I am an achiever. I like to accomplish things and get frustrated if my list is not complete, or if a goal gets interrupted. I have lists of lists to check off so each day I can see what I have completed. Achieving is actually a strength, and I’ve been studying the personality strengths.
An ironic thing is that every strength needs a balance. Sometimes the very strength that attracted us to someone becomes an irritation when we experience it 24/7 or when it is not in balance. Over-achieving or more likely over-committing would be an example that could be a danger for me – and not the best way of utilizing a natural God-given strength.
Thinking about my strengths being a gift from God, and a ‘natural’ strength which I can build up, ignore, over-use, or under-nourish, gives me a perspective, and also a reminder that something that a natural strength is something I enjoy. That is a gift in itself. Discovering teaching and ways I can ‘work-out’ those strength muscles and develop my gifts to better communicate the gospel is always exciting to me. There is always temptation for an achiever to feel like I missed the mark if my view of completion does not occur. The realization that my achievements are MEANT to be incomplete – is another gift.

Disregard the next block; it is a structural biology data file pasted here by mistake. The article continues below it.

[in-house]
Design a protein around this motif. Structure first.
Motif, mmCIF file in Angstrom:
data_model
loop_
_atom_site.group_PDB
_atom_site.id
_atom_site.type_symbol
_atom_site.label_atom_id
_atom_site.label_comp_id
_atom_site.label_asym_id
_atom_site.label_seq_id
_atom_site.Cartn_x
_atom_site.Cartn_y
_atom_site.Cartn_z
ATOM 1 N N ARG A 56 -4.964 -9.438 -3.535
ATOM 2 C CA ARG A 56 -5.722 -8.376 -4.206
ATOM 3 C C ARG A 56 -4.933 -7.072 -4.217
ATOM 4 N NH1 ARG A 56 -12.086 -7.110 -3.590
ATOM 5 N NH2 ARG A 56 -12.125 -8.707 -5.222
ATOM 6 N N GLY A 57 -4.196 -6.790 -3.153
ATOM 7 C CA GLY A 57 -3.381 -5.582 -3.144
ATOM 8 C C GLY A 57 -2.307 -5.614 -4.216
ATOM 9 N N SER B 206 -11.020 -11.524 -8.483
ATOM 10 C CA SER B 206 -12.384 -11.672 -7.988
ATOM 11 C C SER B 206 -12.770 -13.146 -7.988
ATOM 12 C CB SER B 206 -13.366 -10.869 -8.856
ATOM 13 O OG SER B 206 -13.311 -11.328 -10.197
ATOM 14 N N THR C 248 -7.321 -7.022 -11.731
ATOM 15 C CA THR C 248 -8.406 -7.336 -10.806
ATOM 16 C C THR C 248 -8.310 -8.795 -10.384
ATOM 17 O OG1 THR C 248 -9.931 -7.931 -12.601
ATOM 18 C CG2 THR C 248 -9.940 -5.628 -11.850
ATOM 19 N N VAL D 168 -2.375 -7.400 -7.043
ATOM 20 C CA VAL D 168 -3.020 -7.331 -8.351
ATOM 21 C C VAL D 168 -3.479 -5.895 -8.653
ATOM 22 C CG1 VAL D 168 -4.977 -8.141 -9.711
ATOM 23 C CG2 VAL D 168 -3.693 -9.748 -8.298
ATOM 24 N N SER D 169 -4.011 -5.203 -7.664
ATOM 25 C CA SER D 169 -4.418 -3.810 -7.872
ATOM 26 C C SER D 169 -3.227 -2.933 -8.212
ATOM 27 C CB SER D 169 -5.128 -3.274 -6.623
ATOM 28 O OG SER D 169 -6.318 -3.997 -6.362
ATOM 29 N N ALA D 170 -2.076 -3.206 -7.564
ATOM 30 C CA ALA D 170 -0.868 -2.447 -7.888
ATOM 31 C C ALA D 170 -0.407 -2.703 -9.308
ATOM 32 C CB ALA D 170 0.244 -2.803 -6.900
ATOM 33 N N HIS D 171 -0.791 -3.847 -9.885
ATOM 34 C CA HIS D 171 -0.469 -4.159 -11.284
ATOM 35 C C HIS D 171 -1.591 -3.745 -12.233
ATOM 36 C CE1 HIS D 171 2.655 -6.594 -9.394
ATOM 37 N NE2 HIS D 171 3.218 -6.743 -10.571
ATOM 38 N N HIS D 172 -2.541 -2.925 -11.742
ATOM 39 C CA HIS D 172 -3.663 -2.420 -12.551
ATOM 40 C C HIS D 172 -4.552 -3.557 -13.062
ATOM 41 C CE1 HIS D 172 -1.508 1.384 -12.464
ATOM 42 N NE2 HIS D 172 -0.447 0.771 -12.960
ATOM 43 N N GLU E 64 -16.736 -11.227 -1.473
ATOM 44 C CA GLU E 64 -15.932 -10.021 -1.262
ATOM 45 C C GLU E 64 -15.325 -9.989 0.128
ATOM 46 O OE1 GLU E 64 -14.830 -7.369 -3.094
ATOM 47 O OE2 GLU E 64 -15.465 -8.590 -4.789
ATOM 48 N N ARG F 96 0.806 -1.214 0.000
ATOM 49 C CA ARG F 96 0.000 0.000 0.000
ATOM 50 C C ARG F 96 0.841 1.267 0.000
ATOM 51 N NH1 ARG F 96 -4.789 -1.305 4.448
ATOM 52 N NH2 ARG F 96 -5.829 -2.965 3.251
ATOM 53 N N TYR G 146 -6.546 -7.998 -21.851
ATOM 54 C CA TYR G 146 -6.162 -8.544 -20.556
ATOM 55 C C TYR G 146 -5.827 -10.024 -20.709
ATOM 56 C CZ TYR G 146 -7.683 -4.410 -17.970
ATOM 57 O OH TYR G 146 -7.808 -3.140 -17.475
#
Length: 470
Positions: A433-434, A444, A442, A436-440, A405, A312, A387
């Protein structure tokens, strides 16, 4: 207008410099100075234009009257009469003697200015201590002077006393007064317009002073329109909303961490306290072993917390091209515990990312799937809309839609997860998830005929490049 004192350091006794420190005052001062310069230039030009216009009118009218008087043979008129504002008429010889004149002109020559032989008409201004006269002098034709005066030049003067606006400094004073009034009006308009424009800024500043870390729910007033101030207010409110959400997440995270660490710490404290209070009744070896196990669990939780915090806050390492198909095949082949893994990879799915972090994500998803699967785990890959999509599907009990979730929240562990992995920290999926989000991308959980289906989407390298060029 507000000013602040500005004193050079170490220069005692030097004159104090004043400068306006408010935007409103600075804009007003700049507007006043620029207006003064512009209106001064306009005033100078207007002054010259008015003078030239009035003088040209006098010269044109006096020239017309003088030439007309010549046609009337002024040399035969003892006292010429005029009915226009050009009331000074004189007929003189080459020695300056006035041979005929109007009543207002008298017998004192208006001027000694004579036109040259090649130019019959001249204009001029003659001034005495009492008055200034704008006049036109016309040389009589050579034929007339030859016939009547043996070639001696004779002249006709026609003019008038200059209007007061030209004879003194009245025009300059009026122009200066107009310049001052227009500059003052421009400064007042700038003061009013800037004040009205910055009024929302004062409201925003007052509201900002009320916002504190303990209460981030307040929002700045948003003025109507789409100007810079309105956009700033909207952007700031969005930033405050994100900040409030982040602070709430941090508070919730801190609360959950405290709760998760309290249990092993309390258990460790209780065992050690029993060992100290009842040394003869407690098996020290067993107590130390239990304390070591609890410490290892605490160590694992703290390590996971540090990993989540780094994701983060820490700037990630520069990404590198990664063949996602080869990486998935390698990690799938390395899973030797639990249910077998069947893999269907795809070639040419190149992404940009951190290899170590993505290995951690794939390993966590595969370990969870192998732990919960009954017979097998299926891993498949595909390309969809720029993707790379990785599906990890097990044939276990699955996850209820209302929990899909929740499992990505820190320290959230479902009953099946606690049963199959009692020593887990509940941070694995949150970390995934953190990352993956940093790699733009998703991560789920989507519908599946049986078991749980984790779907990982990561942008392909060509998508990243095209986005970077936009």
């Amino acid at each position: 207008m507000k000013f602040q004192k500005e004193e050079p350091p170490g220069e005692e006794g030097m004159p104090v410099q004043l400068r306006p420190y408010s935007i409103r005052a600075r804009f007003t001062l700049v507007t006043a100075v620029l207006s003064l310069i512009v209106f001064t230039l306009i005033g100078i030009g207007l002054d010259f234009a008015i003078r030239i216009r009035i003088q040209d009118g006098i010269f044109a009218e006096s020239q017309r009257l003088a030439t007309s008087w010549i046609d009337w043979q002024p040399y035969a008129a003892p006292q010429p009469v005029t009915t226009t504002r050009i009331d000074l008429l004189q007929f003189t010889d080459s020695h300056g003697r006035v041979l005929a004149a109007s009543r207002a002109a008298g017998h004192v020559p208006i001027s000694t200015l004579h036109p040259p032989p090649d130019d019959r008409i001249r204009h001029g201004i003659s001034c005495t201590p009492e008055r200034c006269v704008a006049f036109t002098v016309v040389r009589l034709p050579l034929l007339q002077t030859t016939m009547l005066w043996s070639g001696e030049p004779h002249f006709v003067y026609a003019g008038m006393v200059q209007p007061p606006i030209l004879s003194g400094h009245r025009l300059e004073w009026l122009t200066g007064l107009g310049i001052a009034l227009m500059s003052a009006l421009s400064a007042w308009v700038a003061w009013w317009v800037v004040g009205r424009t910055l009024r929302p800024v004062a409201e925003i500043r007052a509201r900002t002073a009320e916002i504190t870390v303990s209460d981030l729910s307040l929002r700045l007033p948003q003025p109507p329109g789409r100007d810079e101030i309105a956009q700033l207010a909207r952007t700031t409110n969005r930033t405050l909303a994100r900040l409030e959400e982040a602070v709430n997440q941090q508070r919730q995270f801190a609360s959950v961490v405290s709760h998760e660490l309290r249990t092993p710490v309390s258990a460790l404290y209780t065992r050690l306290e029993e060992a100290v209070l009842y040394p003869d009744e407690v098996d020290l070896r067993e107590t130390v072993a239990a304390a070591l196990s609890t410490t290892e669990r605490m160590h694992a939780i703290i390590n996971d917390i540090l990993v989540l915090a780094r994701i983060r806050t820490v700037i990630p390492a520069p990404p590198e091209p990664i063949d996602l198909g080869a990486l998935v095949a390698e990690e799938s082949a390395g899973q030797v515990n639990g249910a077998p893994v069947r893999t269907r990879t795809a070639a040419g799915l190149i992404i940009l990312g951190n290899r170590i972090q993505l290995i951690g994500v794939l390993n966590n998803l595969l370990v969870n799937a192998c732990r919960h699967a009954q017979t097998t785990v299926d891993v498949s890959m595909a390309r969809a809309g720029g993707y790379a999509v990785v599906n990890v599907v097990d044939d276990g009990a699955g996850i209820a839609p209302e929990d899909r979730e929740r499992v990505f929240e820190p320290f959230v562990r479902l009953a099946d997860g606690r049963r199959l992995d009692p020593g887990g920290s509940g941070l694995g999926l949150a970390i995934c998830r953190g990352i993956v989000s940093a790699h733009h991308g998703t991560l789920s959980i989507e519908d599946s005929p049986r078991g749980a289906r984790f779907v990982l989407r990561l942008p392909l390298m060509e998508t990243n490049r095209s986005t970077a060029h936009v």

This prose by Catholic Archbishop Oscar Romero from Sydney, Australia says it so well:
No statement says all that could be said.
No prayer fully expresses our faith.
No confession brings perfection.
No pastoral visit brings wholeness.
No program accomplishes the church’s mission.
No set of goals and objectives includes everything.
This is what we are about.
We plant seeds that one day may grow.
We water seeds already planted, knowing that they hold future promise.
We lay foundations that will need further development.
We provide yeast that produces effects beyond our capabilities.
… It may be incomplete, but it is a beginning, a step along the way, an opportunity for God’s grace to enter and do the rest.
We may never see the end results but that is the difference between the master builder and the worker.
We are workers, not master builders, ministers, not messiahs.
1Corinthians 3:6 I planted, Apollos watered, but God was causing the growth.
It reminds me that my efforts are supposed to be incomplete, but a part of the bigger picture eternally. This is an awesome pressure reliever.